Head pleads with Welsh Government to keep schools open in ‘fire-break’ lockdown

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A headteacher has made a heartfelt appeal to the Welsh Government to keep schools open if it imposes a “fire break” lockdown to slow the rise in coronavirus cases.

Annamaria Bevan, headteacher at St Margaret’s Catholic Primary in Abedare, warned that children’s social and mental health would suffer further, as well as their education, if schools are ordered to shut again.

“Please don’t close our schools. Our children and families need us. We are vital support and children need their education,” she said.

“It doesn’t matter how many laptops and iPads you give out, some children cannot get on with online learning.”

A decision on whether schools would be shut if a short two week “circuit breaker” is imposed has not yet been made, but the Welsh Government has confirmed it is something that is “under consideration”.

All schools were ordered to shut for the pandemic in March. Some opened as hubs providing childcare for keyworkers’ through the summer term before they opened again for the last few weeks of the summer term.

Ms Bevan urged those in power to take account of the vital work schools do beyond education.

She said they are community hubs at a time when most other face to face services have remained shut.

Her school, and others, have been offering support for families, some of whom are struggling and in food poverty, she warned.

Children are just beginning to re-learn essential social skills as well as catching up on school work after months at home during lockdown.



Annamaria Bevan , headteacher of St Margaret’s Catholic Primary, Aberdare

Term has only been open a matter of weeks and already the improvements are clear, but that could all be lost if schools are forced to shut again, she warned.

“All our children were so excited to be back and see friends again.

“School closure had a social effect. This was especially on younger children in year one and two who had not been so exposed to online gaming before lockdown, but have been exposed since, and have completely lost their play skills.

“They have lost the ability to play collaboratively in a problem solving way. Making a den we carry sticks together but they are now instantly becoming shooting material.

“We have also had families in food crisis. I bought a bag of shopping for a family last week. Food banks are open but not everybody is comfortable using them.

“Our canteen is serving hot food and if we are open I know our children get a hot meal every day.”



St Margaret’s Catholic Primary, Aberdare

Although cases have been high in RCT, which has been in local lockdown on September 17, there have been no cases of coronavirus among her 148 pupils aged three to 11 or the 12 teachers and five other staff at the school.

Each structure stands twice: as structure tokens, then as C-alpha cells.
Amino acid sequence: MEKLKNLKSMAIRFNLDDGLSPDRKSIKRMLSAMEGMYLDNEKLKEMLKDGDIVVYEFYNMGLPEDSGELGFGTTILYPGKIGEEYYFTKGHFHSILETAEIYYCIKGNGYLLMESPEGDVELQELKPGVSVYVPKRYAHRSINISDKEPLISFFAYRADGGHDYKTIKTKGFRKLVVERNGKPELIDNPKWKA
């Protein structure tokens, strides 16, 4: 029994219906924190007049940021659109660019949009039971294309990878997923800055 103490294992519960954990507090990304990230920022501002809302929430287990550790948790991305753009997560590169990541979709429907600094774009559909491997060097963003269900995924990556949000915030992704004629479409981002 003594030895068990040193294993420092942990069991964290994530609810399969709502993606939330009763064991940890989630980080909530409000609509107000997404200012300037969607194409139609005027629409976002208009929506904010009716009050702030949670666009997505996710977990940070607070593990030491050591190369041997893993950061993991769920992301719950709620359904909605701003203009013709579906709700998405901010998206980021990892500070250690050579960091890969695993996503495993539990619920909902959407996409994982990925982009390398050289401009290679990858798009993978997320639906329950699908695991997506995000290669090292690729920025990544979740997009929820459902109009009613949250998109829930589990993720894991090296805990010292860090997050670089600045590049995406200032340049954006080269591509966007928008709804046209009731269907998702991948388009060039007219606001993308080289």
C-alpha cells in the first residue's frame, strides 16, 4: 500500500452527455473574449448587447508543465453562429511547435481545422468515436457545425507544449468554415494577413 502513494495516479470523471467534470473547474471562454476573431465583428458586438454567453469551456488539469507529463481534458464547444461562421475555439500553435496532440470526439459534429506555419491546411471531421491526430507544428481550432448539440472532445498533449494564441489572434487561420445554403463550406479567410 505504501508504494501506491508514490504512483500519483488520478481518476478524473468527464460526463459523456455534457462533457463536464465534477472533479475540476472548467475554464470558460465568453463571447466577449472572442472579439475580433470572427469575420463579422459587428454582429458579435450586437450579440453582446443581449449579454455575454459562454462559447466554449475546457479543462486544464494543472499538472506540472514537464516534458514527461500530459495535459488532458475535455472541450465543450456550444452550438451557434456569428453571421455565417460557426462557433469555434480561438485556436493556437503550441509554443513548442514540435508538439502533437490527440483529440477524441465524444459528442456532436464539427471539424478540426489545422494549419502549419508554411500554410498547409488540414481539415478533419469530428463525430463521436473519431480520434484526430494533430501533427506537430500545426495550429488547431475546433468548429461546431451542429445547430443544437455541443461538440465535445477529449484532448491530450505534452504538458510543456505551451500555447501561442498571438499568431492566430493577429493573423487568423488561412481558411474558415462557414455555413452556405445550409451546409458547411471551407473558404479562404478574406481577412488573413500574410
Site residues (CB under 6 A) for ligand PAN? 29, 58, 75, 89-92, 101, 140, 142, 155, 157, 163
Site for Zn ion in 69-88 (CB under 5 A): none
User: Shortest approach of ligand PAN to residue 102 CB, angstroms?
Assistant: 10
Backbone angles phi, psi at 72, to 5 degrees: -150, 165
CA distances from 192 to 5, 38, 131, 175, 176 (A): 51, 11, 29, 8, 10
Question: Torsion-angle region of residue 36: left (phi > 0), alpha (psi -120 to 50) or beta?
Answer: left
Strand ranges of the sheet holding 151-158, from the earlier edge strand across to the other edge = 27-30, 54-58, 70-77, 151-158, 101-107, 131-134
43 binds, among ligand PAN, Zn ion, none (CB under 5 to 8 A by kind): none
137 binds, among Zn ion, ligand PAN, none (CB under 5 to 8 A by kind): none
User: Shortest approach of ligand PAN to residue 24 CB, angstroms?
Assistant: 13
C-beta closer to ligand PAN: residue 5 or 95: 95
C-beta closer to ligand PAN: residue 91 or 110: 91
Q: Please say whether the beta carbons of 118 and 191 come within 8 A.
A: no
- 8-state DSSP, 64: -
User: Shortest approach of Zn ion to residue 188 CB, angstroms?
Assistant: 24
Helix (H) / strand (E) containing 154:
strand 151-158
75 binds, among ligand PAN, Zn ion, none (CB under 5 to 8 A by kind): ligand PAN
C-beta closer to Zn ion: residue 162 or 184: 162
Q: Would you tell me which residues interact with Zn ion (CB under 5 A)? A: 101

All children returned when the school re-opened in September, apart from one who is moving abroad and attendance is nearly 100%.

“Schools are really safe. At our school we do lots of learning outdoors in our forest school.

“There are no communal areas in this school. All our classrooms open on to the outside so we don’t need to use corridors or share the main entrance.

“We wash hands more, classes don’t mix and there is more cleaning. Our canteen is serving hot food and they eat it in their classrooms.

“Parents are not coming in but we feel strongly that schools are a support so if I feel a parent really needs to come in I will hold meetings to support their child’s wellbeing or education at a social distance in the school hall.”

Survey: Are you following Wales’ lockdown rules?

Annamaria urged all those making decisions during the pandemic to understand how important schools are beyond education.

“Children’s education has obviously been massively disrupted by being away from school so long. The children in our school have big gaps in their learning,” she said.

“Schools have always been a hub in their communities supporting families. Please keep them open.”

UsForThem Cymru, a 3,000 strong group of parents, doctors, scientists and epidemiologists lobbying to keep schools open said in a statement: “We want to express the devastation that our almost 3,000 members are feeling that the schools may close again.

“We took the Welsh Government at their word that after six months barely seeing the inside of a school our nation’s children would be prioritised and schools would remain open.

“We have heard Ministers and their scientific advisors confirm that the impact of schools reopening on the spread of Covid-19 has been minimal and yet after less than half a term our children’s learning is one again being threatened.”

A Welsh Government spokesman for the education department said: “The measures we have put in place at both a local and a national level, with help from the public, have kept the spread of the virus under check.

“However, there is a growing consensus that we now need to introduce a different set of measures and actions to respond to the virus as it is spreading across Wales more quickly through the autumn and winter.

“We are actively considering advice from SAGE and our TAC [Technical Advisory Cell] group. A “fire-break” set of measures to control Covid-19, similar to that described in the SAGE papers, is under consideration in Wales. But no decisions have been made.”



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